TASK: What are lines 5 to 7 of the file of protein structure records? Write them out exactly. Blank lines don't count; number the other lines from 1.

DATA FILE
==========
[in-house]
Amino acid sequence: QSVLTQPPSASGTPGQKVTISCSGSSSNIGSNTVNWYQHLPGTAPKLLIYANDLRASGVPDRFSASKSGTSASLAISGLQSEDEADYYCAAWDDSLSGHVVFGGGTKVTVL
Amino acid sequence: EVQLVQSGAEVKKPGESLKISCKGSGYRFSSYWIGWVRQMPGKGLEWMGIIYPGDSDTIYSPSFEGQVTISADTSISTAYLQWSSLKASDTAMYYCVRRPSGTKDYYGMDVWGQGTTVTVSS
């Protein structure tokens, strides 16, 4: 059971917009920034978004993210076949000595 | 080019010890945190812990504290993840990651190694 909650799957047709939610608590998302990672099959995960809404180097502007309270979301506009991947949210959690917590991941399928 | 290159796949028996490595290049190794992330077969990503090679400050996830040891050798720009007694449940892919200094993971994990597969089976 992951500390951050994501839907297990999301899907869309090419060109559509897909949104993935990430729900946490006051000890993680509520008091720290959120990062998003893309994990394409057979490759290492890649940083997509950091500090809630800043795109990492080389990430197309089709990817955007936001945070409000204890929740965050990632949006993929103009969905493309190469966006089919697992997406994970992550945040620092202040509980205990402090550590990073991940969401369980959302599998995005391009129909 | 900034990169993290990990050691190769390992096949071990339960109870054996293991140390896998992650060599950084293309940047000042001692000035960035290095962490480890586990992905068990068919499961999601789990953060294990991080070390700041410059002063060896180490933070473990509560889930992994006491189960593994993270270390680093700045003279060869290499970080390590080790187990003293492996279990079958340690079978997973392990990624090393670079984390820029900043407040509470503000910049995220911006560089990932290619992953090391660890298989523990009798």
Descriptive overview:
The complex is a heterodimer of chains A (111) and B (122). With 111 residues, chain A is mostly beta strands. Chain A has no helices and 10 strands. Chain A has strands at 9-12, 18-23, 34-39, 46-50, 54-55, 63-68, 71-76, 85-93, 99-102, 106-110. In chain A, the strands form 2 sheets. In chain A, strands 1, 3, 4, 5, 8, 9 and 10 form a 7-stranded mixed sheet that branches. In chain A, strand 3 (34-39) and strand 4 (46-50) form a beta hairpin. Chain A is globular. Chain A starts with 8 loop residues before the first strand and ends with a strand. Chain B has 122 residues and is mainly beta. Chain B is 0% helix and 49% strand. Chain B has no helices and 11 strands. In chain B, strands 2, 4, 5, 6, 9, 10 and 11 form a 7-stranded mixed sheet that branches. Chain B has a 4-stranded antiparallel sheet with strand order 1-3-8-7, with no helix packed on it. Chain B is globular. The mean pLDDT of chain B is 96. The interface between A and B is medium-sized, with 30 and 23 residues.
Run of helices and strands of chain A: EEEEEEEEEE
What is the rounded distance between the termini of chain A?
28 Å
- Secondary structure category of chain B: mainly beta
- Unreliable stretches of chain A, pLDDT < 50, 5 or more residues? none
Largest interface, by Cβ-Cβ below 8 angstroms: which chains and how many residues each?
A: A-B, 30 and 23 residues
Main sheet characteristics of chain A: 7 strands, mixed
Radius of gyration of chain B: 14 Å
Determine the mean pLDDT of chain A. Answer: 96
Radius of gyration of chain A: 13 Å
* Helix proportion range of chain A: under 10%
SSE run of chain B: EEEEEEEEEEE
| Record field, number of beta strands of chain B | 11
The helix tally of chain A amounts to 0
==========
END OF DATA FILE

Descriptive overview:
The complex is a heterodimer of chains A (111) and B (122). With 111 residues, chain A is mostly beta strands. Chain A has no helices and 10 strands. Chain A has strands at 9-12, 18-23, 34-39, 46-50, 54-55, 63-68, 71-76, 85-93, 99-102, 106-110. In chain A, the strands form 2 sheets. In chain A, strands 1, 3, 4, 5, 8, 9 and 10 form a 7-stranded mixed sheet that branches. In chain A, strand 3 (34-39) and strand 4 (46-50) form a beta hairpin. Chain A is globular. Chain A starts with 8 loop residues before the first strand and ends with a strand. Chain B has 122 residues and is mainly beta. Chain B is 0% helix and 49% strand. Chain B has no helices and 11 strands. In chain B, strands 2, 4, 5, 6, 9, 10 and 11 form a 7-stranded mixed sheet that branches. Chain B has a 4-stranded antiparallel sheet with strand order 1-3-8-7, with no helix packed on it. Chain B is globular. The mean pLDDT of chain B is 96. The interface between A and B is medium-sized, with 30 and 23 residues.
Run of helices and strands of chain A: EEEEEEEEEE